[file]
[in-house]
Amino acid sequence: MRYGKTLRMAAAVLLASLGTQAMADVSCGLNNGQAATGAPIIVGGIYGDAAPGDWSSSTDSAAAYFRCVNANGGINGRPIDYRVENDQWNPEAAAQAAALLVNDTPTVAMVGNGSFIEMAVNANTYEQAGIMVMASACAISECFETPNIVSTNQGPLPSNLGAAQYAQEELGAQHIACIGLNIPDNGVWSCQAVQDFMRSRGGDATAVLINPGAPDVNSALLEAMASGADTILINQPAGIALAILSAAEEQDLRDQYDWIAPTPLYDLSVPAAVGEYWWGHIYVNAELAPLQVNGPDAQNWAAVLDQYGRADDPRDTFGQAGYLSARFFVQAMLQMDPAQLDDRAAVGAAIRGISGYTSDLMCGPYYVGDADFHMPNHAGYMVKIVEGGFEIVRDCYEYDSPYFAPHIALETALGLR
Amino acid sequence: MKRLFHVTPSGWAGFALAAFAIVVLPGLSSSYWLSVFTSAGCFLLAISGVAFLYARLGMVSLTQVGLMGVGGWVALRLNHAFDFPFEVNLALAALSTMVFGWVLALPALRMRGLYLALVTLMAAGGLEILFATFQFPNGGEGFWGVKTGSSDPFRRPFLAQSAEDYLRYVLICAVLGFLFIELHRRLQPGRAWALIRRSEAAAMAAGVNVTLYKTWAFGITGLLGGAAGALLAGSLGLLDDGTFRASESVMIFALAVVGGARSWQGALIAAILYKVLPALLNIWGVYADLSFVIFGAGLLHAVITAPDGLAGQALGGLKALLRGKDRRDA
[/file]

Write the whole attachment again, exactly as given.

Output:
[in-house]
Amino acid sequence: MRYGKTLRMAAAVLLASLGTQAMADVSCGLNNGQAATGAPIIVGGIYGDAAPGDWSSSTDSAAAYFRCVNANGGINGRPIDYRVENDQWNPEAAAQAAALLVNDTPTVAMVGNGSFIEMAVNANTYEQAGIMVMASACAISECFETPNIVSTNQGPLPSNLGAAQYAQEELGAQHIACIGLNIPDNGVWSCQAVQDFMRSRGGDATAVLINPGAPDVNSALLEAMASGADTILINQPAGIALAILSAAEEQDLRDQYDWIAPTPLYDLSVPAAVGEYWWGHIYVNAELAPLQVNGPDAQNWAAVLDQYGRADDPRDTFGQAGYLSARFFVQAMLQMDPAQLDDRAAVGAAIRGISGYTSDLMCGPYYVGDADFHMPNHAGYMVKIVEGGFEIVRDCYEYDSPYFAPHIALETALGLR
Amino acid sequence: MKRLFHVTPSGWAGFALAAFAIVVLPGLSSSYWLSVFTSAGCFLLAISGVAFLYARLGMVSLTQVGLMGVGGWVALRLNHAFDFPFEVNLALAALSTMVFGWVLALPALRMRGLYLALVTLMAAGGLEILFATFQFPNGGEGFWGVKTGSSDPFRRPFLAQSAEDYLRYVLICAVLGFLFIELHRRLQPGRAWALIRRSEAAAMAAGVNVTLYKTWAFGITGLLGGAAGALLAGSLGLLDDGTFRASESVMIFALAVVGGARSWQGALIAAILYKVLPALLNIWGVYADLSFVIFGAGLLHAVITAPDGLAGQALGGLKALLRGKDRRDA